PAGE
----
In daily life music is usually part of other activities, from dancing to to housework to sex to gossip to dinner. In critical discourse it’s as if the only action going on when music is playing is the activity of evaluating music. The question becomes, “Is this good music to listen to while you’re making aesthetic judgements?” Which may explain what makes some bands critics’ darlings: Sonic Youth, for instance, is not great music to dance to, but it’s a terrific soundtrack for making aesthetic judgements. [...] Celine Dion, on the other hand, is lousy music to make aesthetic judgements to, but might be excellent for having a first kiss, or buying your grandma, or breaking down in tears.

It’s book review week!

I’ve been reading Carl Wilson’s 33 1/3 book about Celine Dion’s Let’s Talk About Love. I mentioned it a few weeks ago, but I’m really thrilled to report that the book really lived up to the hype. It’s remarkable because it’s such a tiny book and Wilson manages to do at least three distinct things:

  1. Explain Celine Dion to the kinds of people who like “music to make aesthetic judgements by.” He does a great job of tracing Celine’s specific Quebecois cultural context, her musical influences, her relationship to historical schmaltz, and also what makes her so good at what she does.
  2. A brief exegesis of the history of philosophies, from Kant to Bourdieu, basically in that we use our tastes to save up cultural capital.
  3. Bring his own experience as a critic (and person) into the book. It’s jarring and lovely to see a critic’s relationship to both the theoretical material and the object at hand being brought back to his own life and love and feelings and doubts.

I loved it because I’m sort of at a point where I get angry when I see any criticism of anything that assumes that people who like it must be stupid. Also because he winds up finding the feeling in “My Heart Will Go On” by relating it to Gilmore Girls, my TV kryptonite (You know the one with Michel’s dog’s funeral? And Zach plays “My Heart Will Go On”? And then Lorelai goes and breaks up with Christopher?).

It also really made me think about what taste means to me.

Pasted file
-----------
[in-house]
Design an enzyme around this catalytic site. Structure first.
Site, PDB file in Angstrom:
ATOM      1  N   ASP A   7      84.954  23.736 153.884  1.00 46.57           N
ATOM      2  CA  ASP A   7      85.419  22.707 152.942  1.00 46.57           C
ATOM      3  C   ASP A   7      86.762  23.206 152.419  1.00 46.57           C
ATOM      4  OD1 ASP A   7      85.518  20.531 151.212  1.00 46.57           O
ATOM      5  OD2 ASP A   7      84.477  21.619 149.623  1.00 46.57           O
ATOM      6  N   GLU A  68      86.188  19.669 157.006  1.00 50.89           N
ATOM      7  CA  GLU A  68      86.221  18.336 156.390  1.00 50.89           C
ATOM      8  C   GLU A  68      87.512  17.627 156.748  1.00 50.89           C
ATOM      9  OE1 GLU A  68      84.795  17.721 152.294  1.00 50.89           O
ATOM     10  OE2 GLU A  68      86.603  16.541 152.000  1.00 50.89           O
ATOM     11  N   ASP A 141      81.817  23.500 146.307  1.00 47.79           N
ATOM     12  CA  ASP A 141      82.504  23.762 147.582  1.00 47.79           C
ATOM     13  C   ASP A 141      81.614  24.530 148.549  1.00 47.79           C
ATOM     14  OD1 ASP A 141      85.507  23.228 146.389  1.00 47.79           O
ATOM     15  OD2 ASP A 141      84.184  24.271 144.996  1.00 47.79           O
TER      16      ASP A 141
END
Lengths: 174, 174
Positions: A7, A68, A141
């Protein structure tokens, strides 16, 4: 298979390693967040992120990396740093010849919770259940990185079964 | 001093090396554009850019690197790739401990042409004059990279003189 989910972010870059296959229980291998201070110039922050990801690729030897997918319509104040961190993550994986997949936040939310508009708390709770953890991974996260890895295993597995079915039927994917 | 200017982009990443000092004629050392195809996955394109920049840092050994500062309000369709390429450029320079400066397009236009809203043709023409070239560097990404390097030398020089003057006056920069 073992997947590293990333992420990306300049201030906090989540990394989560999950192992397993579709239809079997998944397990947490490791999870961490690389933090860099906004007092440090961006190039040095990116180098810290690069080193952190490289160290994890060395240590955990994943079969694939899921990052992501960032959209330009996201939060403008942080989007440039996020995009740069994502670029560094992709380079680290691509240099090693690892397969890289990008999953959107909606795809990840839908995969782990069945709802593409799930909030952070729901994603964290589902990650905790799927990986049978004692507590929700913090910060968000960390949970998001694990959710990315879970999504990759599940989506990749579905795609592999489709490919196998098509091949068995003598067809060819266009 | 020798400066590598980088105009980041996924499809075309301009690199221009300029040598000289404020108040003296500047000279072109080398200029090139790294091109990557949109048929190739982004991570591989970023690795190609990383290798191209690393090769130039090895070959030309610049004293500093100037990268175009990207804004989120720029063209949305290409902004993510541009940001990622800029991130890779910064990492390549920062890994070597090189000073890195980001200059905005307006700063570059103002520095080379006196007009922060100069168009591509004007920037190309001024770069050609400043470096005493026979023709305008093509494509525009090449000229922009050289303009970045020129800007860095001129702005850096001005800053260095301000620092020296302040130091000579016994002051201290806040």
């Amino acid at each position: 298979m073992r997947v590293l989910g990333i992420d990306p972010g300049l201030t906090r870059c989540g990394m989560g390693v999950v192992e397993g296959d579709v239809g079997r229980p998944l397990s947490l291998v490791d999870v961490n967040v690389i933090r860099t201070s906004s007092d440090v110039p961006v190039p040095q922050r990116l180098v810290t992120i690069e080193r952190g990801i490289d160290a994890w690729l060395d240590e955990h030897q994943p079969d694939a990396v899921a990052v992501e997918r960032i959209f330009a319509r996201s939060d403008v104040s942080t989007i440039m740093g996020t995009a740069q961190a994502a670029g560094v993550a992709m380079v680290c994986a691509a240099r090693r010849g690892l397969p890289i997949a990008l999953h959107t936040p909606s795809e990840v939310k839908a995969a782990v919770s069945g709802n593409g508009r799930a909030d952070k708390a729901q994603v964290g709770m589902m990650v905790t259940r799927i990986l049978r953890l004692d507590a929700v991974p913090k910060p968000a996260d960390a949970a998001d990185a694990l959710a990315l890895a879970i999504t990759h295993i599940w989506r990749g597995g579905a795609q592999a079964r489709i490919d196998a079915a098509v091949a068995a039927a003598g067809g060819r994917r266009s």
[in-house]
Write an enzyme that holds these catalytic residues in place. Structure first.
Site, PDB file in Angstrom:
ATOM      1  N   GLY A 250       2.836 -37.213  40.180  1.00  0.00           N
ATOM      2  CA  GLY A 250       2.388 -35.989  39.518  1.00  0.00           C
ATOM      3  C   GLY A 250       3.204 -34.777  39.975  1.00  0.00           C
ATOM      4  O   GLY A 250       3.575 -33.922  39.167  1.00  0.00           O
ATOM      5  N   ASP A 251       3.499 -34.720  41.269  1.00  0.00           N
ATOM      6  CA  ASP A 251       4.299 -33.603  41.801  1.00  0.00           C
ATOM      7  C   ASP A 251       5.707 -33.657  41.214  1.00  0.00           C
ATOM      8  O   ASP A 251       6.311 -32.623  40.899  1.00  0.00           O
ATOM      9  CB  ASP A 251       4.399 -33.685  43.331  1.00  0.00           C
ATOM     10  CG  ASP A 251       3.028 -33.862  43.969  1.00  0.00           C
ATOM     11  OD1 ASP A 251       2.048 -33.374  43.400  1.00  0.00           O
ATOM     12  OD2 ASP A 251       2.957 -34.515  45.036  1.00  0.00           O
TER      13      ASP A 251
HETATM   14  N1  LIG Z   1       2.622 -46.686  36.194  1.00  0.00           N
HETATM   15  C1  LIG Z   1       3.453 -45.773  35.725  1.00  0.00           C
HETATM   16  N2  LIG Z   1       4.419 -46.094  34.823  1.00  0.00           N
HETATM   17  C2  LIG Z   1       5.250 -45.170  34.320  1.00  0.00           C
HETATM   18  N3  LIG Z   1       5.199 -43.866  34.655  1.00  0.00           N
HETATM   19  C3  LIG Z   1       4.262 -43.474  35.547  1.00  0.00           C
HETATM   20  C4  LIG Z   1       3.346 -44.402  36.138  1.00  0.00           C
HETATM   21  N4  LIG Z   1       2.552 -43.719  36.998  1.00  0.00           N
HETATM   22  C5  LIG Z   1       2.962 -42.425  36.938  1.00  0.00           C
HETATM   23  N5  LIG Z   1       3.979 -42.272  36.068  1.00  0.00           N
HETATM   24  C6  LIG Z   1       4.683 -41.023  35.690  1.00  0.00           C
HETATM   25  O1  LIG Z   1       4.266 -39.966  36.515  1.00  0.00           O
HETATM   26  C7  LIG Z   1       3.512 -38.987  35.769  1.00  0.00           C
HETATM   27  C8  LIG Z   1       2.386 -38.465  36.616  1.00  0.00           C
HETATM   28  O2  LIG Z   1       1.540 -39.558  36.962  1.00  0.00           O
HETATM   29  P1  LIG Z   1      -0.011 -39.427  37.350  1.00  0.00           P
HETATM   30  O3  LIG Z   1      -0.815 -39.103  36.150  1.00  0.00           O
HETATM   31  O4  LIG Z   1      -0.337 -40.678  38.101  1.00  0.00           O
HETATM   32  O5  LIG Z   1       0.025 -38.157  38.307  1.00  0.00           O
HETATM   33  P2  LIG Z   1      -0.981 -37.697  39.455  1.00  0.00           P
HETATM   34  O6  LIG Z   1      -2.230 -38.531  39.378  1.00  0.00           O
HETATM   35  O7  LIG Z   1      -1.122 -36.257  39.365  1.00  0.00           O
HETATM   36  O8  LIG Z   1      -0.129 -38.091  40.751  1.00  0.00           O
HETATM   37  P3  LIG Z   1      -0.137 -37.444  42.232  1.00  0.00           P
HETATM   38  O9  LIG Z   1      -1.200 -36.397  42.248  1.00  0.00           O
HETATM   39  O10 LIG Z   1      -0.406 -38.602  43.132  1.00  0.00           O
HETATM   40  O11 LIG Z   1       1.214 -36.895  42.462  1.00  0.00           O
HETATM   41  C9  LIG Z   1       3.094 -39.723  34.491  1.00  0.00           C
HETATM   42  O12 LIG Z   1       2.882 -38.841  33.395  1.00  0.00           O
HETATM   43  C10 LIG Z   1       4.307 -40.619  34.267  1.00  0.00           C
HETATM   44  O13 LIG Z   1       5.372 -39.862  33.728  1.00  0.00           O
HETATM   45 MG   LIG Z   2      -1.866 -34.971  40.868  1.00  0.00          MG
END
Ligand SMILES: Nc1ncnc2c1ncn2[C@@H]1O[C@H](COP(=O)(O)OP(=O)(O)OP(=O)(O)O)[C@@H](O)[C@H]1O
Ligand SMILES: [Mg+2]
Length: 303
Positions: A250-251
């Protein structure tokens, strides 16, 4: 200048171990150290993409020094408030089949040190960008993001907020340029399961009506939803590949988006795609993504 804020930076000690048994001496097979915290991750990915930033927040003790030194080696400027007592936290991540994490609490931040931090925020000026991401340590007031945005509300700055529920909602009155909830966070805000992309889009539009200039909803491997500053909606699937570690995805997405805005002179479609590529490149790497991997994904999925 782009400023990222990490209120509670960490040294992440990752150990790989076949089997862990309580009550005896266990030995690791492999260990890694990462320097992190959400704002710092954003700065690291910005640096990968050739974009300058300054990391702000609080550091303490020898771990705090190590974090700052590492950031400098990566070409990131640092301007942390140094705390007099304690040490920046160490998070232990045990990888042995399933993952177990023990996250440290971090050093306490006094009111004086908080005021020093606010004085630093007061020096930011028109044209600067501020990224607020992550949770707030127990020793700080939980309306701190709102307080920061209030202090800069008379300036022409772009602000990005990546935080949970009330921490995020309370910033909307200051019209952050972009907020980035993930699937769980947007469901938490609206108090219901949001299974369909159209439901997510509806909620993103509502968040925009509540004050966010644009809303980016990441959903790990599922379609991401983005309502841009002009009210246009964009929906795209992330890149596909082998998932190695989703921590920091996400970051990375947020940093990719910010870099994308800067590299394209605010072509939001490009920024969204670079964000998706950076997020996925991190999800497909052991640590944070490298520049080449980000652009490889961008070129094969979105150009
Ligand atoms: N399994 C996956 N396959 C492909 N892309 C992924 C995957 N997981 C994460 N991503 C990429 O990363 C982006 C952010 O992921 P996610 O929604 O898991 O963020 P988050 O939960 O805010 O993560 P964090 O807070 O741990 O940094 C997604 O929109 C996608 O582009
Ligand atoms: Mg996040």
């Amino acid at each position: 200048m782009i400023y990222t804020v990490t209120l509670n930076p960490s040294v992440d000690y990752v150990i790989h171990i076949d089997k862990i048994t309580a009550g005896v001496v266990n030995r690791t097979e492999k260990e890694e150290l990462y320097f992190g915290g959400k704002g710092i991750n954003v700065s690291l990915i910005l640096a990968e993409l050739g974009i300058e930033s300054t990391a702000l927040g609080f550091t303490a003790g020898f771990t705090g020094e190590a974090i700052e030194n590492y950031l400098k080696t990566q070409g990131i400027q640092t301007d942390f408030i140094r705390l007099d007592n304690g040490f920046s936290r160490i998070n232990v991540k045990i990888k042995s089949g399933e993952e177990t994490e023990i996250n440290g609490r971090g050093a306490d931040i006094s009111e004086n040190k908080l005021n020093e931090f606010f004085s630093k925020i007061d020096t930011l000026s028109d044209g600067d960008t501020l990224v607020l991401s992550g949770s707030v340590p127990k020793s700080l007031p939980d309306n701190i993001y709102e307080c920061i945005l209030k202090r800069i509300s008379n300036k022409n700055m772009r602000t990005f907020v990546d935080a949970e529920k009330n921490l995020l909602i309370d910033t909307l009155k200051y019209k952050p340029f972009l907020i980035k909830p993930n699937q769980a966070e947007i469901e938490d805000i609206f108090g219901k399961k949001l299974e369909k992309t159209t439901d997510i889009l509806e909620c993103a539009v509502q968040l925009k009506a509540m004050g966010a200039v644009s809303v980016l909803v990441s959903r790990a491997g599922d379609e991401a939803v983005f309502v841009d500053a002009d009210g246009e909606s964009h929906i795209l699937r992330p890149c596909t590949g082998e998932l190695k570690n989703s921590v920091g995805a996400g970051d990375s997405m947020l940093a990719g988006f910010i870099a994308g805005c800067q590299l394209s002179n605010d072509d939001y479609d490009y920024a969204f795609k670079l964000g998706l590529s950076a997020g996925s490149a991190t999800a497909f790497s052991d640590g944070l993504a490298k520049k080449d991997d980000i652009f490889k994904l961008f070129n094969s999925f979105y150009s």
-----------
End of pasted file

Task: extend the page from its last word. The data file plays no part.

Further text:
For me, it’s not about music, so much, but I’m in one of the few worlds where your taste in movies actually is something upon which you’re judged. I am completely on board with the premise that my tastes are informed by the cultural and social institutions and values that surround me, but it’s not really something I can do anything about. However, I realized I’m sort of an oddball in academia in that I really pride myself on liking basically every kind of movie and generally enjoying most movies that I watch. I even like torture porn! No one likes torture porn! (Okay, so that is totally my perverse desire to “rehabilitate” a culturally detested object, and that is absolutely a learned response. My reaction to those movies would have been way different five years ago. Maybe my gorno essay would have been better if I’d written it like Carl wrote his book? As a first-person oddyssey to unravel what the deal is with those movies that have everyone so pissed off.)

Wilson quotes Valery who says “Tastes are composed of a thousand distastes” and goes on to tell us that when he was 12, he liked “all kinds of music, except disco and country.”1 And, I do have a “but.” It’s right there in my About page on this blog: “I like movies of all kinds (except those in which someone bets someone else, My Fair Lady-style, that they can make someone over for some kind of annual formal ball, and then they fall in love/befriend with the makeoveree, and the makeoveree inevitably finds out about the whole cruel wager and then stutters “Tell me I was a bet”).” What I really mean by that “except” is really just “bad romantic comedies,” and you can bet your ass that is a distinction about cultural capital: I am saying certain very specific things about myself when I say this, things about my gender and how cool I am. I don’t think knowing this will make me enjoy things that I don’t enjoy, nor do I think there’s no room in the world for aesthetic judgements on a semi-objective level, but I guess it’s good that I know this.

PS It is impossible to hate Celine Dion after watching the highlight reel on fourfour. Impossible!

  1. Why is it always two genres? When I was that age, I liked everything but rap and country, both of which I — of course — love now.